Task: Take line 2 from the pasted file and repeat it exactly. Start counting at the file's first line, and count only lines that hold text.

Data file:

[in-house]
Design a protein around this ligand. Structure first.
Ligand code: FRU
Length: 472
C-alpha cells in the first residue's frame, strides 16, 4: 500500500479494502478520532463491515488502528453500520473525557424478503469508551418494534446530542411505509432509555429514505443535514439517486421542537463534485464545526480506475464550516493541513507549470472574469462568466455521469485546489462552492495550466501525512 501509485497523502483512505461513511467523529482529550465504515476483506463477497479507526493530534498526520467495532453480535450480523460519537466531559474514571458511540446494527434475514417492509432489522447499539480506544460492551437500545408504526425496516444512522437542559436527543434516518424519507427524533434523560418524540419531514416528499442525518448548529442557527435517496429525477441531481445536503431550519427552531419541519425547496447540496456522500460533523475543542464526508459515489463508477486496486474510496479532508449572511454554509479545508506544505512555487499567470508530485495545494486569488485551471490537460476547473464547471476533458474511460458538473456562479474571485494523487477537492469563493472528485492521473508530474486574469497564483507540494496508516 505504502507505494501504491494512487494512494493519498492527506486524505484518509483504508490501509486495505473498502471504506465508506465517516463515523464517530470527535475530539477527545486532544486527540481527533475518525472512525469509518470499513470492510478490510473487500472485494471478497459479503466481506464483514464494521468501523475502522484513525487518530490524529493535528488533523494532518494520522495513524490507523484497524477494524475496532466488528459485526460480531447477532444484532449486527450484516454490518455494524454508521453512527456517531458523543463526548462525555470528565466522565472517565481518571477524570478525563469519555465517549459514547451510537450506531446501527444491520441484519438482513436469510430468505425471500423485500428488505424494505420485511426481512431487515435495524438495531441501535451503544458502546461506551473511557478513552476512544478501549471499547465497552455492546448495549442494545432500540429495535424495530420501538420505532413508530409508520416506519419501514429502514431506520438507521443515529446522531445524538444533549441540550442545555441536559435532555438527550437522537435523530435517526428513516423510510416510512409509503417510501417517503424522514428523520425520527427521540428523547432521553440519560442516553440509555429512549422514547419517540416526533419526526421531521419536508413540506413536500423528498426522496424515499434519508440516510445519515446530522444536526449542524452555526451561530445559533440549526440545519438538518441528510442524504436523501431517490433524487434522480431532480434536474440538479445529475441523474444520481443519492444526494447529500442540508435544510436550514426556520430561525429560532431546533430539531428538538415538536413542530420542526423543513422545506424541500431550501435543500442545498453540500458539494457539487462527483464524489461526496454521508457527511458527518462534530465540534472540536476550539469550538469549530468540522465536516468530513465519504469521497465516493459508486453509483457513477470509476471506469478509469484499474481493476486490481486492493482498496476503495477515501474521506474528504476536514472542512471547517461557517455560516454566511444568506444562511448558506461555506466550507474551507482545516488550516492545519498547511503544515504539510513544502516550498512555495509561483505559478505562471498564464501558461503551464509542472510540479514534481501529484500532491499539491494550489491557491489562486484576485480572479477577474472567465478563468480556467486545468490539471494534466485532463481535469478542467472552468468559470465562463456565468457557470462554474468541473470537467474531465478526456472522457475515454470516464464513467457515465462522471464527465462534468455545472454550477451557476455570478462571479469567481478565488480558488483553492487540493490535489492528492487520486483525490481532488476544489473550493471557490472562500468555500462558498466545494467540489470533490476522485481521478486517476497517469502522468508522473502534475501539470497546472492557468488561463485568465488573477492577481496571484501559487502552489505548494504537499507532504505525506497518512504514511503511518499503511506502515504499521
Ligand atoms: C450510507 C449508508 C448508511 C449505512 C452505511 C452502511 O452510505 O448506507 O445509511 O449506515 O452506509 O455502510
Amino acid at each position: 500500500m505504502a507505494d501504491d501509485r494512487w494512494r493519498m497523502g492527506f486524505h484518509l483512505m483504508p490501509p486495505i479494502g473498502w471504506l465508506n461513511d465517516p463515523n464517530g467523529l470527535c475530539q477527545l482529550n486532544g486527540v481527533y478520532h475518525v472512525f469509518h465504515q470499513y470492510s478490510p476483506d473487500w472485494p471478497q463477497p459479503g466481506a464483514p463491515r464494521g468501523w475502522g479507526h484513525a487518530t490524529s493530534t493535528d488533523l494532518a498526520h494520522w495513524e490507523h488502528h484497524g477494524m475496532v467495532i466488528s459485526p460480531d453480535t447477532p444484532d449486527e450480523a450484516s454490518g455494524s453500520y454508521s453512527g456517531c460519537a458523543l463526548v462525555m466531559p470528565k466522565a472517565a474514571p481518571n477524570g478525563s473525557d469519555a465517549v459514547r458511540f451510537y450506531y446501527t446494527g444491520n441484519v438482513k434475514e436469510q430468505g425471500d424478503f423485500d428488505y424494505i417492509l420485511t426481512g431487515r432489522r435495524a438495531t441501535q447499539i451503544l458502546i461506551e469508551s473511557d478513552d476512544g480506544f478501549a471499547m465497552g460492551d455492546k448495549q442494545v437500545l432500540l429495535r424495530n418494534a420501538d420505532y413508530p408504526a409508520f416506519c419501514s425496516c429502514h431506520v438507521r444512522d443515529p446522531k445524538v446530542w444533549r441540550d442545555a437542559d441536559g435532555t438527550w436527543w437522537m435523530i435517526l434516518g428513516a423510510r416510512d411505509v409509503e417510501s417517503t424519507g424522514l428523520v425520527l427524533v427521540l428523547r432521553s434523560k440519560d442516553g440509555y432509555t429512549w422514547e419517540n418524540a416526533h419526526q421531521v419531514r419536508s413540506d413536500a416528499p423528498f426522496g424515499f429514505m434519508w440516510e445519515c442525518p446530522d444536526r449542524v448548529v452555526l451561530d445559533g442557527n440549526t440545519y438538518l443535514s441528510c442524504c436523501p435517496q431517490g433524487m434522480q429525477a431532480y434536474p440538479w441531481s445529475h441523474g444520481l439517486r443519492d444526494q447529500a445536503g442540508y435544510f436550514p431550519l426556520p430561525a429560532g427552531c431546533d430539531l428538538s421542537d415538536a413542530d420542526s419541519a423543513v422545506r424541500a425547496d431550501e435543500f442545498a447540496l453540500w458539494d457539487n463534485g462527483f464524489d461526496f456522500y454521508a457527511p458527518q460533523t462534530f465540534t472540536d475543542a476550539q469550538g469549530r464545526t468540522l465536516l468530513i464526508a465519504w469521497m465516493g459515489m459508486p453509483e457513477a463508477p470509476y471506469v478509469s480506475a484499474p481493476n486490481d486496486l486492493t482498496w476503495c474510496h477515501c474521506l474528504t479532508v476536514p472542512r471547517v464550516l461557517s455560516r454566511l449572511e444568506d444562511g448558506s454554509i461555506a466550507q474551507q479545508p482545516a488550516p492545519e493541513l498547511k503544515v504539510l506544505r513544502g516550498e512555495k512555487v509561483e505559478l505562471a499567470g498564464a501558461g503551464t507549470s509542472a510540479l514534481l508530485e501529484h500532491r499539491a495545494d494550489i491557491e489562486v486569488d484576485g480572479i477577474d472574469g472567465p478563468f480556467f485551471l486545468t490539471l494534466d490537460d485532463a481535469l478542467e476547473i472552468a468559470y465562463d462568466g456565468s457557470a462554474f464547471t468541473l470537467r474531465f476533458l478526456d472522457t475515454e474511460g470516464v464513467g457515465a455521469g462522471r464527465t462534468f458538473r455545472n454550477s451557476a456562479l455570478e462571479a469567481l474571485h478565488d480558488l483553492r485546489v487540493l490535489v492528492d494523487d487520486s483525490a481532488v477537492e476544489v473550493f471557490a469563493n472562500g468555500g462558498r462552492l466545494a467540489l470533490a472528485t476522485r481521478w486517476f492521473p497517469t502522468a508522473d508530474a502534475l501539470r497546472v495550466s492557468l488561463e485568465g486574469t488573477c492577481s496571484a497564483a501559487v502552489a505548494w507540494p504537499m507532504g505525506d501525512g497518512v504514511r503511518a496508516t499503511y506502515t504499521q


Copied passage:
Design a protein around this ligand. Structure first.